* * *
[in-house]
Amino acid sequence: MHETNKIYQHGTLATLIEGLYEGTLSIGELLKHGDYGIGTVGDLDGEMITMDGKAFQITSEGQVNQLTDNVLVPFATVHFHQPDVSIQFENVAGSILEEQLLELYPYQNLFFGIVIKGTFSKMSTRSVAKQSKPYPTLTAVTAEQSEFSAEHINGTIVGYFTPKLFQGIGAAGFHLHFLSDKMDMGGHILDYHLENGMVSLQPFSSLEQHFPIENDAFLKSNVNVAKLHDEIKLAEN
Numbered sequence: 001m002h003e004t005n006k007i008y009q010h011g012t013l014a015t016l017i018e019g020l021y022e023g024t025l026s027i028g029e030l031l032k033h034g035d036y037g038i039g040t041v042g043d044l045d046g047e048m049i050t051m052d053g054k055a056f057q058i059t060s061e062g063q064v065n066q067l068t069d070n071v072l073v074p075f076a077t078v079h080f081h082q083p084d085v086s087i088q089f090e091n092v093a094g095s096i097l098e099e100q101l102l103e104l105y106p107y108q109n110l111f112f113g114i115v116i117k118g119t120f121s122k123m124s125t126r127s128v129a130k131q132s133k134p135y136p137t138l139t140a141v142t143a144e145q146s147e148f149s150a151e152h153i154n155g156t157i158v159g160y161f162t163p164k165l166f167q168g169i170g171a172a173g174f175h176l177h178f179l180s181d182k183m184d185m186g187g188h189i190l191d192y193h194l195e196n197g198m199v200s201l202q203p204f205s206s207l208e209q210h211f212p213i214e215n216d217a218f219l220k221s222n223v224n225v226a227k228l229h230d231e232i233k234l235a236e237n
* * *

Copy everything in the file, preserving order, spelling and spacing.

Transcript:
[in-house]
Amino acid sequence: MHETNKIYQHGTLATLIEGLYEGTLSIGELLKHGDYGIGTVGDLDGEMITMDGKAFQITSEGQVNQLTDNVLVPFATVHFHQPDVSIQFENVAGSILEEQLLELYPYQNLFFGIVIKGTFSKMSTRSVAKQSKPYPTLTAVTAEQSEFSAEHINGTIVGYFTPKLFQGIGAAGFHLHFLSDKMDMGGHILDYHLENGMVSLQPFSSLEQHFPIENDAFLKSNVNVAKLHDEIKLAEN
Numbered sequence: 001m002h003e004t005n006k007i008y009q010h011g012t013l014a015t016l017i018e019g020l021y022e023g024t025l026s027i028g029e030l031l032k033h034g035d036y037g038i039g040t041v042g043d044l045d046g047e048m049i050t051m052d053g054k055a056f057q058i059t060s061e062g063q064v065n066q067l068t069d070n071v072l073v074p075f076a077t078v079h080f081h082q083p084d085v086s087i088q089f090e091n092v093a094g095s096i097l098e099e100q101l102l103e104l105y106p107y108q109n110l111f112f113g114i115v116i117k118g119t120f121s122k123m124s125t126r127s128v129a130k131q132s133k134p135y136p137t138l139t140a141v142t143a144e145q146s147e148f149s150a151e152h153i154n155g156t157i158v159g160y161f162t163p164k165l166f167q168g169i170g171a172a173g174f175h176l177h178f179l180s181d182k183m184d185m186g187g188h189i190l191d192y193h194l195e196n197g198m199v200s201l202q203p204f205s206s207l208e209q210h211f212p213i214e215n216d217a218f219l220k221s222n223v224n225v226a227k228l229h230d231e232i233k234l235a236e237n